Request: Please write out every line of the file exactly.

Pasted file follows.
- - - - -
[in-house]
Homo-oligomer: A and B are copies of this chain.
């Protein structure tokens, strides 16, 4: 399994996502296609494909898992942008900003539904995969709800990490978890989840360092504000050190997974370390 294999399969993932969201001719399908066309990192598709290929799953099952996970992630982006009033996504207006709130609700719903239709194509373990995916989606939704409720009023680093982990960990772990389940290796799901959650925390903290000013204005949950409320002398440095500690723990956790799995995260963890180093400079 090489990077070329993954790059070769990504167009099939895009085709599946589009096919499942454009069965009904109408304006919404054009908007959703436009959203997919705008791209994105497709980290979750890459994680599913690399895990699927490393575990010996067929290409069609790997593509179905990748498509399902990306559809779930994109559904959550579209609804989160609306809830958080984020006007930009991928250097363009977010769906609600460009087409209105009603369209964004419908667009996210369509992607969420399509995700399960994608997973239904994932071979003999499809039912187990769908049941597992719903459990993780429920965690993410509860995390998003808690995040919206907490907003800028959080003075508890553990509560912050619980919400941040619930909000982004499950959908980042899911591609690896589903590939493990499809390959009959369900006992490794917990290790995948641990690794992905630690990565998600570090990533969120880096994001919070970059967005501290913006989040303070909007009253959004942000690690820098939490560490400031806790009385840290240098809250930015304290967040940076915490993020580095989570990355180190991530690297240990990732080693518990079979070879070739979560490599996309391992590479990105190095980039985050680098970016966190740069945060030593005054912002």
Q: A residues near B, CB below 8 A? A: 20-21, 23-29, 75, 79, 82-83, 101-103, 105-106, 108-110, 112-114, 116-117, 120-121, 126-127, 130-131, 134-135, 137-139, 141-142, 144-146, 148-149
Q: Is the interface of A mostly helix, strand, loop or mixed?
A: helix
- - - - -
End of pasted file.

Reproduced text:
[in-house]
Homo-oligomer: A and B are copies of this chain.
């Protein structure tokens, strides 16, 4: 399994996502296609494909898992942008900003539904995969709800990490978890989840360092504000050190997974370390 294999399969993932969201001719399908066309990192598709290929799953099952996970992630982006009033996504207006709130609700719903239709194509373990995916989606939704409720009023680093982990960990772990389940290796799901959650925390903290000013204005949950409320002398440095500690723990956790799995995260963890180093400079 090489990077070329993954790059070769990504167009099939895009085709599946589009096919499942454009069965009904109408304006919404054009908007959703436009959203997919705008791209994105497709980290979750890459994680599913690399895990699927490393575990010996067929290409069609790997593509179905990748498509399902990306559809779930994109559904959550579209609804989160609306809830958080984020006007930009991928250097363009977010769906609600460009087409209105009603369209964004419908667009996210369509992607969420399509995700399960994608997973239904994932071979003999499809039912187990769908049941597992719903459990993780429920965690993410509860995390998003808690995040919206907490907003800028959080003075508890553990509560912050619980919400941040619930909000982004499950959908980042899911591609690896589903590939493990499809390959009959369900006992490794917990290790995948641990690794992905630690990565998600570090990533969120880096994001919070970059967005501290913006989040303070909007009253959004942000690690820098939490560490400031806790009385840290240098809250930015304290967040940076915490993020580095989570990355180190991530690297240990990732080693518990079979070879070739979560490599996309391992590479990105190095980039985050680098970016966190740069945060030593005054912002």
Q: A residues near B, CB below 8 A? A: 20-21, 23-29, 75, 79, 82-83, 101-103, 105-106, 108-110, 112-114, 116-117, 120-121, 126-127, 130-131, 134-135, 137-139, 141-142, 144-146, 148-149
Q: Is the interface of A mostly helix, strand, loop or mixed?
A: helix